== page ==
dir = parseInt(dir);

If the alert shows the value correctly it should enter the switch, but still it can "look" correct but be of a different data type. Do the conversion manually to ensure it's an int

share|improve this answer
1  
parseInt is not needed. The + unary operator is the way to go: switch ( +dir ) { ... – Šime Vidas Feb 24 '11 at 1:48
    
well you were right it seemed that the data fetched is string so just adding the parseInt worked as well as changing the case 1: to case '1': – Gustavo Feb 24 '11 at 1:55
1  
You can convert to int in many different ways, it's just code style :) I prefer to be explicit when doing the conversion rather than using something like +dir that non-javascript programmers (or beginners) could not understand. – AlfaTeK Feb 24 '11 at 1:58

I'd guess that for some reason dir is being passed in as a string. Try changing case 1: to case '1':

share|improve this answer

Using an array instead of a chain of if/else blocks or a giant switch statement will be faster, more flexible and less error-prone. Also, you wouldn't have to worry if dir is a number or a string. Instead of:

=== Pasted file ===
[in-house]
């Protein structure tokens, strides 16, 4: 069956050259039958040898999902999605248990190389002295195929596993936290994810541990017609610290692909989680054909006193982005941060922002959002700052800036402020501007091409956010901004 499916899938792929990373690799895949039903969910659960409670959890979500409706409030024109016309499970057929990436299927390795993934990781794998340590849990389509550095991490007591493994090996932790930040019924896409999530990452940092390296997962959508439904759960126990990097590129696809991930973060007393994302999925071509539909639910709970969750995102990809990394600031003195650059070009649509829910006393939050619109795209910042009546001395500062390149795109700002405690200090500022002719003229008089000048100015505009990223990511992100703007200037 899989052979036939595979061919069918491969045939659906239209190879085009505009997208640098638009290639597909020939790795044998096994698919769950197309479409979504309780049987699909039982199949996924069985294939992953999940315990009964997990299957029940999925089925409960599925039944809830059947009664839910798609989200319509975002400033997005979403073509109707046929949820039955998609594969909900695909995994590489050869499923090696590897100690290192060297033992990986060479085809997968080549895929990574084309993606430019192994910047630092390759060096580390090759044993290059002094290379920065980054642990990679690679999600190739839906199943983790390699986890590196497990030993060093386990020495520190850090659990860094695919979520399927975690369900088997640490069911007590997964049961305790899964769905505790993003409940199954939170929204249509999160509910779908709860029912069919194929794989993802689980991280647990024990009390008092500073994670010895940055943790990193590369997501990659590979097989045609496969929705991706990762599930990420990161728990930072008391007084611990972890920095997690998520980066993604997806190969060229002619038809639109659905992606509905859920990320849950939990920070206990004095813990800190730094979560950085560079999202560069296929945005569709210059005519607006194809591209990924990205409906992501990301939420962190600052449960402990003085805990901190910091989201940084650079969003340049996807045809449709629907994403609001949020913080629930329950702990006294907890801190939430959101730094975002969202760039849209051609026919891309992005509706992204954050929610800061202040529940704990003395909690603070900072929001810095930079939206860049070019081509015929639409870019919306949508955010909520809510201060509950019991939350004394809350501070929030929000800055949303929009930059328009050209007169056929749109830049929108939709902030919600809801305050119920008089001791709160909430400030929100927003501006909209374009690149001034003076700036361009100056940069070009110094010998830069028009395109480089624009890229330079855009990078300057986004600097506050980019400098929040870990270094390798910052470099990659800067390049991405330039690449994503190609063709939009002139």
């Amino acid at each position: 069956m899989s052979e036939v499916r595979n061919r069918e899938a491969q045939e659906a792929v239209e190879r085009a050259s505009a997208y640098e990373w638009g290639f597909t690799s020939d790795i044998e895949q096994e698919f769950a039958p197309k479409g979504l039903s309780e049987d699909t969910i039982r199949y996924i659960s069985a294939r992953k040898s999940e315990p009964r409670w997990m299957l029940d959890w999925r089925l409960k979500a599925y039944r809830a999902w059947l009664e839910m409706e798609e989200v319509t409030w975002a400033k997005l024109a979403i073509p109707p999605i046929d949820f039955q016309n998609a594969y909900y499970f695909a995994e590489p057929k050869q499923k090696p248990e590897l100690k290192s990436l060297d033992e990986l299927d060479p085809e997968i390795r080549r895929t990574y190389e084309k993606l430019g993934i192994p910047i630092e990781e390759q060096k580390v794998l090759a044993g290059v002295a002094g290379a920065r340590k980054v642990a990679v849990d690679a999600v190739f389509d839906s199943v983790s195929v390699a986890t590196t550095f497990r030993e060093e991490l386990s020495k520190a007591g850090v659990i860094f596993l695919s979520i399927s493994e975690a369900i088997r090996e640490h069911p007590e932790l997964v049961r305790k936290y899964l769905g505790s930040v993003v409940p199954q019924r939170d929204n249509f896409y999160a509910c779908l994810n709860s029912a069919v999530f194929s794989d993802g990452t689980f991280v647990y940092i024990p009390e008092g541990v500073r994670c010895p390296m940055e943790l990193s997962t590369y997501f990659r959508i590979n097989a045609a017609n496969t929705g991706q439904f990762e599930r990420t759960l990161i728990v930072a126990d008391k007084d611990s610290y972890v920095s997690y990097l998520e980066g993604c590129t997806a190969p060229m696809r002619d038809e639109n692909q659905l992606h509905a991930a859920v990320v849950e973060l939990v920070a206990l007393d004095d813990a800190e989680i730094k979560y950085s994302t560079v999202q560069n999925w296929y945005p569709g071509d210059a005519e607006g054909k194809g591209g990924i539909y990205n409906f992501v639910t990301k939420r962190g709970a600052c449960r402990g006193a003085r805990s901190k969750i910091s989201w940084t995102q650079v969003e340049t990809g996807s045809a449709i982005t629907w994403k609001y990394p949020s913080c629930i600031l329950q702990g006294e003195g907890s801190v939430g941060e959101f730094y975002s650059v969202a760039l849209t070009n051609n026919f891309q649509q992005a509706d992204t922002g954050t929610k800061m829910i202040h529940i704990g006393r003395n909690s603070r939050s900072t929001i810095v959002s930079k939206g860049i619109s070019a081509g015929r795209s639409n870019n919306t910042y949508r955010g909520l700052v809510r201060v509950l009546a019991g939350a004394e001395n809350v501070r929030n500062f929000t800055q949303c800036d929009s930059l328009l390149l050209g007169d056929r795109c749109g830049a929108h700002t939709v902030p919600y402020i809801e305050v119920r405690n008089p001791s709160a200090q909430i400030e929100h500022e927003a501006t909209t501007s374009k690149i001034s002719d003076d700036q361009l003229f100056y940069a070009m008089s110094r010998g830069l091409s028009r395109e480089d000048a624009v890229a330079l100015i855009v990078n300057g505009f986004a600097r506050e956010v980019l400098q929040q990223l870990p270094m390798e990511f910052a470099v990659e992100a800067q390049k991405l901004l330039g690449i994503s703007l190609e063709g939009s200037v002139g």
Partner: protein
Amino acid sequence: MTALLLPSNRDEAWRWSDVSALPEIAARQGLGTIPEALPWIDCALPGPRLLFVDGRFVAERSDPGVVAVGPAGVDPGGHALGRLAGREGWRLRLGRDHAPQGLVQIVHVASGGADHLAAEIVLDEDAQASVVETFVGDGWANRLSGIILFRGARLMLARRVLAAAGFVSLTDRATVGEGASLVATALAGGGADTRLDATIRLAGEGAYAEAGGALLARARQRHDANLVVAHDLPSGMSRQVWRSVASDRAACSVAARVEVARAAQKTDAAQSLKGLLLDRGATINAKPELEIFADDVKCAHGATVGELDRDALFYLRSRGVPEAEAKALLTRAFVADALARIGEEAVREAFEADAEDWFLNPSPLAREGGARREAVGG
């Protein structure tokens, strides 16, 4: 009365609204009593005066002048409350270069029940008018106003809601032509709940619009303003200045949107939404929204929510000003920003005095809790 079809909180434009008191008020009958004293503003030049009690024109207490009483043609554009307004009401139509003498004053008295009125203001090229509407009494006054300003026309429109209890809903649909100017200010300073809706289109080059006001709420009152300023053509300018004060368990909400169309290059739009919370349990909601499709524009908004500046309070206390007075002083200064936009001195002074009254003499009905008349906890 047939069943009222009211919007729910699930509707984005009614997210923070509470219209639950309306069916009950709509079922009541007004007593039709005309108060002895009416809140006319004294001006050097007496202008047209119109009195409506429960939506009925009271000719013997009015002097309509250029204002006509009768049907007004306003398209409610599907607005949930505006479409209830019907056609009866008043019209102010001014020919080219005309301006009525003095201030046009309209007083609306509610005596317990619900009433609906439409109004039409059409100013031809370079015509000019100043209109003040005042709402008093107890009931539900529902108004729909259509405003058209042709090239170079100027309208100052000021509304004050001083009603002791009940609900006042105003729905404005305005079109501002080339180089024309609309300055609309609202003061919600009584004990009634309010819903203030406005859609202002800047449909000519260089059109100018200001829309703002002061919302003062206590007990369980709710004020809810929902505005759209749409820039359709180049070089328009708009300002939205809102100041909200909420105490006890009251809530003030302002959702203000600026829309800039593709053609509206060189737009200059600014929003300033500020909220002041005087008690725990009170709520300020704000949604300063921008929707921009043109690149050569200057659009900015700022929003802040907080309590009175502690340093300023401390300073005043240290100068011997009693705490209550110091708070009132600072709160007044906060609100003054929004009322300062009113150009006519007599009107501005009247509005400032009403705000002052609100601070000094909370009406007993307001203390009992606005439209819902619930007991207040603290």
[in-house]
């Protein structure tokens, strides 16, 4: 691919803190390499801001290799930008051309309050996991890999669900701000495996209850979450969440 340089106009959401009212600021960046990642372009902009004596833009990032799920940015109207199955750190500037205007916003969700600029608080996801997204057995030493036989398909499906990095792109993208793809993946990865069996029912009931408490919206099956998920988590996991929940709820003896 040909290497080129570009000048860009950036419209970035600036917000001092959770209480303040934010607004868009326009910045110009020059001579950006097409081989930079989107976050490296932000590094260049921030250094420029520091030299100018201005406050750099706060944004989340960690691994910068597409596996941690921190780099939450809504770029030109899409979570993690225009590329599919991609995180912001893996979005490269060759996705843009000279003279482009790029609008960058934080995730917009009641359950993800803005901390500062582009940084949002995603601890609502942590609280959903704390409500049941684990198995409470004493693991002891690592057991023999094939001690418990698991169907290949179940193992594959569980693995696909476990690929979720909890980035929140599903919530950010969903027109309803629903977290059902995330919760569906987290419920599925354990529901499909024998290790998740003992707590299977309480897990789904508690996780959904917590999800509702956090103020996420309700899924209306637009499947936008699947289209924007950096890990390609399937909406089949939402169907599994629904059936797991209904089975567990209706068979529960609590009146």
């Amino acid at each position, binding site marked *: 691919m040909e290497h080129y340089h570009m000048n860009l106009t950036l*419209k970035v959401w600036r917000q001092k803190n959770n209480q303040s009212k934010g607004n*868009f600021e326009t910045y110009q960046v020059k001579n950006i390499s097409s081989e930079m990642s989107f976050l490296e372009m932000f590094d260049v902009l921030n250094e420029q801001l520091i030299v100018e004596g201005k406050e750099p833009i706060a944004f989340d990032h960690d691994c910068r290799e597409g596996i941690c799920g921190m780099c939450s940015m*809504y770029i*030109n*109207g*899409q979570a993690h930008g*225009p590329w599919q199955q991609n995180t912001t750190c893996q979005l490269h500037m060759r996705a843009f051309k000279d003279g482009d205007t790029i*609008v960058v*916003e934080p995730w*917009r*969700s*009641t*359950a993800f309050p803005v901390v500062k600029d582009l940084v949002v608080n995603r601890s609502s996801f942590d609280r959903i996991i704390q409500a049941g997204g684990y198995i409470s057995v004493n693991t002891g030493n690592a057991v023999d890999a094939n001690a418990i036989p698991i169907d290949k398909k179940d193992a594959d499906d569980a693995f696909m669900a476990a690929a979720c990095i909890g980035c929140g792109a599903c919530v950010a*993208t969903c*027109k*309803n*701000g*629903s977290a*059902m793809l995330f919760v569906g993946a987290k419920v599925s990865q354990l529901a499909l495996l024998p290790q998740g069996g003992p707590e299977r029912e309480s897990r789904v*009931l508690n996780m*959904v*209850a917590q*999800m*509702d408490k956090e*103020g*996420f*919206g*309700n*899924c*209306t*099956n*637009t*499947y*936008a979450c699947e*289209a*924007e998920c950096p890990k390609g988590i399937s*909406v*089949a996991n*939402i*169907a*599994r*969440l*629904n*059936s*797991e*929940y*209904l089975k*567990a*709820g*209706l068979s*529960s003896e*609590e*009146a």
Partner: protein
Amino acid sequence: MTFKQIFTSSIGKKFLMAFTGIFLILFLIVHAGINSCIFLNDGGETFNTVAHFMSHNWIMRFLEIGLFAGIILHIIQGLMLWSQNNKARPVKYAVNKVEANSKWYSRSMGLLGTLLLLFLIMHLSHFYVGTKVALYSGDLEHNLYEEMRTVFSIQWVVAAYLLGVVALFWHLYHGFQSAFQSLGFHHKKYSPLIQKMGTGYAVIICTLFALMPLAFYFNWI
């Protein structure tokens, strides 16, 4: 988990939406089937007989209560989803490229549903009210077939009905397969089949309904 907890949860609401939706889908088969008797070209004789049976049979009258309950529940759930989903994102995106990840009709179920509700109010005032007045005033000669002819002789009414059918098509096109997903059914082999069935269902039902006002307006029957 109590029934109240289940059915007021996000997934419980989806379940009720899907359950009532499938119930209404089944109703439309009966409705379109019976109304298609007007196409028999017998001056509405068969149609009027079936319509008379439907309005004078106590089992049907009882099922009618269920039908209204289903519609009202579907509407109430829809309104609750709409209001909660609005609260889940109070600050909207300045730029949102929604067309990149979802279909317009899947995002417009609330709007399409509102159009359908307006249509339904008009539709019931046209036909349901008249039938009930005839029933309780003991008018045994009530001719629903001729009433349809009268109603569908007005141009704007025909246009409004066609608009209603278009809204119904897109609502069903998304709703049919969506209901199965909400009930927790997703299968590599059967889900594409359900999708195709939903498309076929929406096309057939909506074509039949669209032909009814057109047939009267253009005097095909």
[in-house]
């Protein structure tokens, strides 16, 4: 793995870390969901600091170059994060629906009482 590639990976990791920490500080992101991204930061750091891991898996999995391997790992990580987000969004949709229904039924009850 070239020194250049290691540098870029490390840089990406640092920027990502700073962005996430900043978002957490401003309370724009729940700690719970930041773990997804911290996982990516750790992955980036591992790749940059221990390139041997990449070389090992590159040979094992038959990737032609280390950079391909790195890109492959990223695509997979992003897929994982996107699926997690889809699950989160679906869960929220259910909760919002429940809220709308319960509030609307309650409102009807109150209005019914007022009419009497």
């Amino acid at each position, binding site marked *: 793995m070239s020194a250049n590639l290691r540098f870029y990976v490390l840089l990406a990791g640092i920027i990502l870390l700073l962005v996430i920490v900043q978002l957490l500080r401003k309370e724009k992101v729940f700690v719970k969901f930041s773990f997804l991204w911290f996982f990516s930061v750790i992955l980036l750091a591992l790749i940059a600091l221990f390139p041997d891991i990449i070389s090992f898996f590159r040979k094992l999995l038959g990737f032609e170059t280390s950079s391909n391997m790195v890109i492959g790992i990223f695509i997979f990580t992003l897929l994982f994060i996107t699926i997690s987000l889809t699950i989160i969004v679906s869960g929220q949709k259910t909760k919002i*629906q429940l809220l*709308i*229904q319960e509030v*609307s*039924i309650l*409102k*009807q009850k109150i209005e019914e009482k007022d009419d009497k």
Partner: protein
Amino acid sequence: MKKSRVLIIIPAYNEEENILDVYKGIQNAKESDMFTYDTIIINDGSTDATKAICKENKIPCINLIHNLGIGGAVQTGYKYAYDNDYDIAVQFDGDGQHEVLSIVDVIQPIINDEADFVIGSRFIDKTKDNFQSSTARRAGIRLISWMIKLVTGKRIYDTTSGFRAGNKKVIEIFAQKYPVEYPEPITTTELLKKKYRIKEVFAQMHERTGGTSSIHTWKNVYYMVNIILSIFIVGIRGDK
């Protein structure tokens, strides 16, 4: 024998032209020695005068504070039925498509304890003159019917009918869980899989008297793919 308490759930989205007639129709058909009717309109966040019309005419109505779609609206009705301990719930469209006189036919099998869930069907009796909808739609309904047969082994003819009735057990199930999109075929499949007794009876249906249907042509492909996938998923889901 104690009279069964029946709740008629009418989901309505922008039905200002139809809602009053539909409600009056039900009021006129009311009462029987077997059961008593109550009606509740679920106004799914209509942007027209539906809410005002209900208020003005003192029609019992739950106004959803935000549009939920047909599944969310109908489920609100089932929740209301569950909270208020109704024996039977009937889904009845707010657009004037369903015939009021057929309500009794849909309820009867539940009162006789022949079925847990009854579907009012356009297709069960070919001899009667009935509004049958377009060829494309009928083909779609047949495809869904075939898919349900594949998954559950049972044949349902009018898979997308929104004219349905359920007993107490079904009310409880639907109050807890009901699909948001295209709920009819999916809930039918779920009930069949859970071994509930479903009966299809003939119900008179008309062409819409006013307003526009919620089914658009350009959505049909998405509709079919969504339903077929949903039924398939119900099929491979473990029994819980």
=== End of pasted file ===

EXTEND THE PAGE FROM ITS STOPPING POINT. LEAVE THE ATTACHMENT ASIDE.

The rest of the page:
if(dir==0){img+='N.png';}
else if(dir==1){img+='NE.png';}
else if(dir==2){img+='E.png';}
else if(dir==3){img+='SE.png';}
else if(dir==4){img+='S.png';}
else if(dir==5){img+='SO.png';}
else if(dir==6){img+='O.png';}
else if(dir==7){img+='NO.png';}

you can store the file names in an array:

var images = [
    'N.png', 'NE.png', 'E.png', 'SE.png', 'S.png', 'SO.png', 'O.png', 'NO.png'
];

or arguably more readable:

var images = "N.png NE.png E.png SE.png S.png SO.png O.png NO.png".split(' ');

and then use just:

img = images[dir];

Full implementation of getDirections using an array would be:

var images = "N.png NE.png E.png SE.png S.png SO.png O.png NO.png".split(' ');
function getDirections(dir) {
    var img = images[dir];
    if (!img) {
        alert("something");
    }
    return img;
}

Does it work for you?

If images is used only in that one function then you may want to store it as a property of the function to avoid your namespace pollution like this:

function getDirections(dir) {